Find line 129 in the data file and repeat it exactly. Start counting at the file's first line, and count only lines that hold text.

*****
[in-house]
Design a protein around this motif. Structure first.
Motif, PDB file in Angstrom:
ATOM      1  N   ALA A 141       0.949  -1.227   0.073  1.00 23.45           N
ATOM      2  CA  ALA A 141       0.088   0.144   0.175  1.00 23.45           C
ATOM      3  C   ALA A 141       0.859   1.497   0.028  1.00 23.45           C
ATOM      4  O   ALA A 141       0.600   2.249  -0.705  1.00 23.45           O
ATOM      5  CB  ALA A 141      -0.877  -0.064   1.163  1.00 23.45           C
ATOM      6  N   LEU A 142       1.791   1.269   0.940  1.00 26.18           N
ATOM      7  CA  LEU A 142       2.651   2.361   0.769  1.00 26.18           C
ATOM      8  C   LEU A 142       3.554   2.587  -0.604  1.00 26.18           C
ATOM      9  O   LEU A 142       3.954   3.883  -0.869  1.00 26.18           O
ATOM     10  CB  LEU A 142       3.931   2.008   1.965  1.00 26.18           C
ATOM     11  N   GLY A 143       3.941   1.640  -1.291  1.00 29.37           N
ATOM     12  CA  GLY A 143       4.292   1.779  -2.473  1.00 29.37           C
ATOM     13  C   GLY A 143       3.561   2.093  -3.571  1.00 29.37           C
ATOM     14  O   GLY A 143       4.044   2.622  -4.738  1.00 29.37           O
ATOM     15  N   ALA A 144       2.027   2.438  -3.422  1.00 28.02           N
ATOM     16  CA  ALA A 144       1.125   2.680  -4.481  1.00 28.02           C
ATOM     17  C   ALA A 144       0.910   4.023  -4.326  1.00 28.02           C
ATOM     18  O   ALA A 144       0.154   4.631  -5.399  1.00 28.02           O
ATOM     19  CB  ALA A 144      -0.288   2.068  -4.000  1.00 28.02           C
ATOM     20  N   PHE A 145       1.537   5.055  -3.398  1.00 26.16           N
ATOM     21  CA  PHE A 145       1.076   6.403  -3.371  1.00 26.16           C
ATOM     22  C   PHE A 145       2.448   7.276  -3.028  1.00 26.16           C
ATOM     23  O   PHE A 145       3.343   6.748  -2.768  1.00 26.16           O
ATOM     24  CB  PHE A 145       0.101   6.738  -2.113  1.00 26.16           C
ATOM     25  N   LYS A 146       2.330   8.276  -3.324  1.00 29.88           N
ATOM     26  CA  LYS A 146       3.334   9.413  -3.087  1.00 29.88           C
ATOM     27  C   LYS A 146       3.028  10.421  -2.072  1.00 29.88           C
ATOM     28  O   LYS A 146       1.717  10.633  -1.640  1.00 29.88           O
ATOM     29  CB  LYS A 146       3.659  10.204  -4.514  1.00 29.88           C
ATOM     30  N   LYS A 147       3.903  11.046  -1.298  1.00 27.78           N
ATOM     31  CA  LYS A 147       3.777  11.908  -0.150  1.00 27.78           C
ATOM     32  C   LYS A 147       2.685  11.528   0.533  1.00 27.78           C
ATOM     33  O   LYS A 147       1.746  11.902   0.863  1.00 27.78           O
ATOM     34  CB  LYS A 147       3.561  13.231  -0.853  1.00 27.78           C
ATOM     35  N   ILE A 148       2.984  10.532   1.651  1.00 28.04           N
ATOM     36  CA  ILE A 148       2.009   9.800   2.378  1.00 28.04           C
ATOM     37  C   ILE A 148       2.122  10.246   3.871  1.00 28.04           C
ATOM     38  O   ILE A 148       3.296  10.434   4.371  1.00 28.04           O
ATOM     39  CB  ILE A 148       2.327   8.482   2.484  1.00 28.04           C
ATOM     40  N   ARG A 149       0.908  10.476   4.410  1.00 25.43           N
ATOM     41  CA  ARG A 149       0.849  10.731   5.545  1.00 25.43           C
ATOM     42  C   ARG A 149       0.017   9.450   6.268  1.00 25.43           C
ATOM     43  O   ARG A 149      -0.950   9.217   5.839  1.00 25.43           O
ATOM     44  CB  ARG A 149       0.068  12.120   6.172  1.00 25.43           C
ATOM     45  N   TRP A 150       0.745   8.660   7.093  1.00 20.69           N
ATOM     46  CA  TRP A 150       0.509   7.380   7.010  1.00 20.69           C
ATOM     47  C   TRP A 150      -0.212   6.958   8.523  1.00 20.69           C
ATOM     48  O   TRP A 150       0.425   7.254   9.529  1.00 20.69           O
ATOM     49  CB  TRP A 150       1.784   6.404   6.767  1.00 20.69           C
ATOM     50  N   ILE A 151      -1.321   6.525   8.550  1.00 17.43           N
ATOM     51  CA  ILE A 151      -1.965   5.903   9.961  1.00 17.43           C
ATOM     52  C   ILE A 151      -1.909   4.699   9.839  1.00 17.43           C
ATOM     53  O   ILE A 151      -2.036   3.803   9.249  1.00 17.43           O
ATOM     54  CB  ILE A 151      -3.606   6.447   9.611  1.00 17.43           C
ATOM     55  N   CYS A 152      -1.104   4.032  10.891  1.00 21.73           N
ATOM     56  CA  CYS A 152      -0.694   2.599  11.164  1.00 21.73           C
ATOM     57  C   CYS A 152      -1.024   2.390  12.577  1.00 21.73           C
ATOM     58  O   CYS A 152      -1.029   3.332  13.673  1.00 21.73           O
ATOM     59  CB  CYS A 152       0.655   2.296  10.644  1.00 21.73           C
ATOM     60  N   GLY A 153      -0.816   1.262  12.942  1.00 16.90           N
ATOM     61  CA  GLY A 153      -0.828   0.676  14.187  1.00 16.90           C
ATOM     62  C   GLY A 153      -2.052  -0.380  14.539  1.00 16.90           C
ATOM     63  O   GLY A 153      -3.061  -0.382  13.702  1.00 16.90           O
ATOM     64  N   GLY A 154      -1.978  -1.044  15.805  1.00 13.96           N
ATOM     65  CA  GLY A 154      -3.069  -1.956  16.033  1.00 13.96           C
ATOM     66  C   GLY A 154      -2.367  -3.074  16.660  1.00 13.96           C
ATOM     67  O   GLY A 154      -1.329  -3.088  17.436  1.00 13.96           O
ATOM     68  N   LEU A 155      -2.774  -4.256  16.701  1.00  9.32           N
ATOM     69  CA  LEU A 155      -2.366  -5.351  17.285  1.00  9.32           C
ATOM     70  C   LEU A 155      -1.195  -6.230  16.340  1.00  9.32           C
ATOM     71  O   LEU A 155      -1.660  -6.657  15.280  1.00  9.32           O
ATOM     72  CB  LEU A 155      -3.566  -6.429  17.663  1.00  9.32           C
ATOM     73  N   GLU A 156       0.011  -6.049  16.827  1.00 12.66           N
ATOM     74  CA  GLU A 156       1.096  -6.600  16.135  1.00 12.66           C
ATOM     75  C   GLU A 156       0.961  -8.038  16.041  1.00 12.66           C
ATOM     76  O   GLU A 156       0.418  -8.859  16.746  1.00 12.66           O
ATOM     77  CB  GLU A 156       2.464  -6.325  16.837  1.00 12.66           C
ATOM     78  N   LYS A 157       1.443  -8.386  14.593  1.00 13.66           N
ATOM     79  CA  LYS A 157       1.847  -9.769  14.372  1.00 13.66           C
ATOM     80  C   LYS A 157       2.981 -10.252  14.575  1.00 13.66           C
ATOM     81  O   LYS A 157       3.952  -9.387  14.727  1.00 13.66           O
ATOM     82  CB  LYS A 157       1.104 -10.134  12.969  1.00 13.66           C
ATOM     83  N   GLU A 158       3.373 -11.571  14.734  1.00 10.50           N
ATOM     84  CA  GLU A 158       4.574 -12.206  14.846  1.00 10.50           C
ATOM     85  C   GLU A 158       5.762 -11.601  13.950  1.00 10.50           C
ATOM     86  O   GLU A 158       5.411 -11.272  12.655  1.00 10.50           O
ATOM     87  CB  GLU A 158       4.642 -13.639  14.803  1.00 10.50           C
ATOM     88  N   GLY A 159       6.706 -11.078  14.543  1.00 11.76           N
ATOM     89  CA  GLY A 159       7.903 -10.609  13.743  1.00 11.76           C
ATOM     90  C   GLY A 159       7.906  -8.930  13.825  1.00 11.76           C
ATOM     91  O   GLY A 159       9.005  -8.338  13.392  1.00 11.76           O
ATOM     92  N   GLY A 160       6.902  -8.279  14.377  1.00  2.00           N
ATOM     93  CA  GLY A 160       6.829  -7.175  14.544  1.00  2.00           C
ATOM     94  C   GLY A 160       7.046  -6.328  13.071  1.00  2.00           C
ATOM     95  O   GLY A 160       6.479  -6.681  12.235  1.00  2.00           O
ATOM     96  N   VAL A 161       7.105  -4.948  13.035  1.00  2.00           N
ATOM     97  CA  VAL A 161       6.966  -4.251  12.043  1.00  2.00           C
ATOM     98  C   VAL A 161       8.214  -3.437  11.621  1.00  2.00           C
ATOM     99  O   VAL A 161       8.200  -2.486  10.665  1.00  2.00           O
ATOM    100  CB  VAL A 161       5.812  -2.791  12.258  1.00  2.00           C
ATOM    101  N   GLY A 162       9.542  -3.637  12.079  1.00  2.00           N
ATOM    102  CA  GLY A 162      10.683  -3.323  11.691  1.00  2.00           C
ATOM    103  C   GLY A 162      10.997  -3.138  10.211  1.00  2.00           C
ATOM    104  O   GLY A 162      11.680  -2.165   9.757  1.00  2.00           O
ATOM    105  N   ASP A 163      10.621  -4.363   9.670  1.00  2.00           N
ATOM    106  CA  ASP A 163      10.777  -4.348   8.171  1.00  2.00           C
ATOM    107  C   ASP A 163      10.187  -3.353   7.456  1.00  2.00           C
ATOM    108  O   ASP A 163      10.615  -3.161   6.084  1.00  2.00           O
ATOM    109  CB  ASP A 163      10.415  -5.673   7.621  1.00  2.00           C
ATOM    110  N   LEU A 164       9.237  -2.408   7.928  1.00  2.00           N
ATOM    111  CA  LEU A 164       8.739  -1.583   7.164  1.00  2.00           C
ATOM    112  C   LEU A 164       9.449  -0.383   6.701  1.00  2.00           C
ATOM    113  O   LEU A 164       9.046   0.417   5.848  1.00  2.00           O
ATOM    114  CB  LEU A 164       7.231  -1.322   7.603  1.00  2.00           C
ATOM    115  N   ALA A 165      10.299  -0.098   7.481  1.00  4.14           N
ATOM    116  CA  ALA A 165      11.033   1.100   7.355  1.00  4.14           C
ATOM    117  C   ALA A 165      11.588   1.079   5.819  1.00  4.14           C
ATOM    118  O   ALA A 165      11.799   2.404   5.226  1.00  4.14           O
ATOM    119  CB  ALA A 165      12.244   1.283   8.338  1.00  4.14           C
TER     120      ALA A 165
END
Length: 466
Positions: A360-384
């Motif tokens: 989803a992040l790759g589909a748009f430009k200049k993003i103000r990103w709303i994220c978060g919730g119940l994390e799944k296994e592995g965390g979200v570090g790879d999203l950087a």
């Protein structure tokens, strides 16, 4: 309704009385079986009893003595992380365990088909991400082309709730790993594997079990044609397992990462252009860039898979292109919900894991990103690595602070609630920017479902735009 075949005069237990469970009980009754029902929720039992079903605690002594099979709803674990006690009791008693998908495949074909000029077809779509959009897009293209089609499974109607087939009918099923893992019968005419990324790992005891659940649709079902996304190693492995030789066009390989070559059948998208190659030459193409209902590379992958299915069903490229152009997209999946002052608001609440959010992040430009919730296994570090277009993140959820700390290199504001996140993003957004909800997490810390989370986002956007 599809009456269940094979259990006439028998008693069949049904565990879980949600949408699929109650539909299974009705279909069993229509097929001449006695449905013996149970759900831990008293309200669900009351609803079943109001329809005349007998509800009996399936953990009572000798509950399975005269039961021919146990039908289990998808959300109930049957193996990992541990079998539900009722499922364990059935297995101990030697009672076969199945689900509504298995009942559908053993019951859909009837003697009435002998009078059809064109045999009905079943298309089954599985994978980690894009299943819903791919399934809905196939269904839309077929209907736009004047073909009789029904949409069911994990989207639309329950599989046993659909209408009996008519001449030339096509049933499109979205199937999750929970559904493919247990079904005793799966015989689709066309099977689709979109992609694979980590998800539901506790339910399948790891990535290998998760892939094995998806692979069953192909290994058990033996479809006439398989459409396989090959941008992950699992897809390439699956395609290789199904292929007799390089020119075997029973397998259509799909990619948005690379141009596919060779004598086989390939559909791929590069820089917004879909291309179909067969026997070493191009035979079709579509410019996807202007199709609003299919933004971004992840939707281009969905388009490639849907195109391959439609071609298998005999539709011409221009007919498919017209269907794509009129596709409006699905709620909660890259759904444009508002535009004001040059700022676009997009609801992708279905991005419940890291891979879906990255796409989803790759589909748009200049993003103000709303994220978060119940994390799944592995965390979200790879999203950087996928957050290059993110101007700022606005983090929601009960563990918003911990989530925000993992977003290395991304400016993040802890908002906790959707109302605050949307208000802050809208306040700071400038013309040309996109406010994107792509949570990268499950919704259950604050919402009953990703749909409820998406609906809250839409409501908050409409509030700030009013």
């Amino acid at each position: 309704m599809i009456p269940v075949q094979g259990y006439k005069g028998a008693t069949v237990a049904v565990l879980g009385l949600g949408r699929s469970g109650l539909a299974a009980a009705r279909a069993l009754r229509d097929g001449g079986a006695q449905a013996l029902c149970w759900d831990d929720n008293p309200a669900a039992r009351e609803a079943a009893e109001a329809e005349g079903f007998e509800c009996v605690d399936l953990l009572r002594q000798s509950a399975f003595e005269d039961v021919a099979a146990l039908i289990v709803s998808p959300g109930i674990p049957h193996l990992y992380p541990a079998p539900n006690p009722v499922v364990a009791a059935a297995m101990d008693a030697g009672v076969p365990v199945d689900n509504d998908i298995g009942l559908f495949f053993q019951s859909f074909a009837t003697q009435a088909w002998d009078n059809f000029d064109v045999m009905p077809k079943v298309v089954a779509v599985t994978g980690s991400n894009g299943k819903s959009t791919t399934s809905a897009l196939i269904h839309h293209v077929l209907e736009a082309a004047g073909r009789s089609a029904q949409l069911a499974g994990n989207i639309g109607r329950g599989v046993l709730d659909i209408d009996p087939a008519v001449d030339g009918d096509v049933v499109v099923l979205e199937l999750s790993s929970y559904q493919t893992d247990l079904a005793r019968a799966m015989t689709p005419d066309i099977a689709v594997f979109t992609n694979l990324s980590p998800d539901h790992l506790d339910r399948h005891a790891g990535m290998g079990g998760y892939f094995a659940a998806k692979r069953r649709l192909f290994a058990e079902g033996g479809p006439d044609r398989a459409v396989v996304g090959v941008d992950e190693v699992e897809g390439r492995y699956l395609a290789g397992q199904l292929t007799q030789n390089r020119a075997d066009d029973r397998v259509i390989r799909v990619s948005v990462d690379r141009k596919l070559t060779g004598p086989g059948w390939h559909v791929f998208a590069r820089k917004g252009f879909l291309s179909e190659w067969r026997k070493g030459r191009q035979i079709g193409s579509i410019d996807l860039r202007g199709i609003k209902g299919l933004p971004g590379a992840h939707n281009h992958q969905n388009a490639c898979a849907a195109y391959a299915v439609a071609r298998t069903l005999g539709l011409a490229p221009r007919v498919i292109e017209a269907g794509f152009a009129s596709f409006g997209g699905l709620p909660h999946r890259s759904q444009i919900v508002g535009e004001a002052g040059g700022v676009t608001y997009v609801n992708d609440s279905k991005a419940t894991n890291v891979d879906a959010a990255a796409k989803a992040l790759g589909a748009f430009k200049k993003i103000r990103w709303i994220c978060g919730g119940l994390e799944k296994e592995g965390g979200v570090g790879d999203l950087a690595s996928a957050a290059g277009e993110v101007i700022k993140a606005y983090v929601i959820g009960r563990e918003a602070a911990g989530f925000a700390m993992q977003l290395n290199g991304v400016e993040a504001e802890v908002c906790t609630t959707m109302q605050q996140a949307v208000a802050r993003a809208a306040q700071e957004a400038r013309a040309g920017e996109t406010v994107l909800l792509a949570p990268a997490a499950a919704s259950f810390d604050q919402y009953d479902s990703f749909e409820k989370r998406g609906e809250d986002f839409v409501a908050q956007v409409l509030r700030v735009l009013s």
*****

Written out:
């Amino acid at each position: 309704m599809i009456p269940v075949q094979g259990y006439k005069g028998a008693t069949v237990a049904v565990l879980g009385l949600g949408r699929s469970g109650l539909a299974a009980a009705r279909a069993l009754r229509d097929g001449g079986a006695q449905a013996l029902c149970w759900d831990d929720n008293p309200a669900a039992r009351e609803a079943a009893e109001a329809e005349g079903f007998e509800c009996v605690d399936l953990l009572r002594q000798s509950a399975f003595e005269d039961v021919a099979a146990l039908i289990v709803s998808p959300g109930i674990p049957h193996l990992y992380p541990a079998p539900n006690p009722v499922v364990a009791a059935a297995m101990d008693a030697g009672v076969p365990v199945d689900n509504d998908i298995g009942l559908f495949f053993q019951s859909f074909a009837t003697q009435a088909w002998d009078n059809f000029d064109v045999m009905p077809k079943v298309v089954a779509v599985t994978g980690s991400n894009g299943k819903s959009t791919t399934s809905a897009l196939i269904h839309h293209v077929l209907e736009a082309a004047g073909r009789s089609a029904q949409l069911a499974g994990n989207i639309g109607r329950g599989v046993l709730d659909i209408d009996p087939a008519v001449d030339g009918d096509v049933v499109v099923l979205e199937l999750s790993s929970y559904q493919t893992d247990l079904a005793r019968a799966m015989t689709p005419d066309i099977a689709v594997f979109t992609n694979l990324s980590p998800d539901h790992l506790d339910r399948h005891a790891g990535m290998g079990g998760y892939f094995a659940a998806k692979r069953r649709l192909f290994a058990e079902g033996g479809p006439d044609r398989a459409v396989v996304g090959v941008d992950e190693v699992e897809g390439r492995y699956l395609a290789g397992q199904l292929t007799q030789n390089r020119a075997d066009d029973r397998v259509i390989r799909v990619s948005v990462d690379r141009k596919l070559t060779g004598p086989g059948w390939h559909v791929f998208a590069r820089k917004g252009f879909l291309s179909e190659w067969r026997k070493g030459r191009q035979i079709g193409s579509i410019d996807l860039r202007g199709i609003k209902g299919l933004p971004g590379a992840h939707n281009h992958q969905n388009a490639c898979a849907a195109y391959a299915v439609a071609r298998t069903l005999g539709l011409a490229p221009r007919v498919i292109e017209a269907g794509f152009a009129s596709f409006g997209g699905l709620p909660h999946r890259s759904q444009i919900v508002g535009e004001a002052g040059g700022v676009t608001y997009v609801n992708d609440s279905k991005a419940t894991n890291v891979d879906a959010a990255a796409k989803a992040l790759g589909a748009f430009k200049k993003i103000r990103w709303i994220c978060g919730g119940l994390e799944k296994e592995g965390g979200v570090g790879d999203l950087a690595s996928a957050a290059g277009e993110v101007i700022k993140a606005y983090v929601i959820g009960r563990e918003a602070a911990g989530f925000a700390m993992q977003l290395n290199g991304v400016e993040a504001e802890v908002c906790t609630t959707m109302q605050q996140a949307v208000a802050r993003a809208a306040q700071e957004a400038r013309a040309g920017e996109t406010v994107l909800l792509a949570p990268a997490a499950a919704s259950f810390d604050q919402y009953d479902s990703f749909e409820k989370r998406g609906e809250d986002f839409v409501a908050q956007v409409l509030r700030v735009l009013s």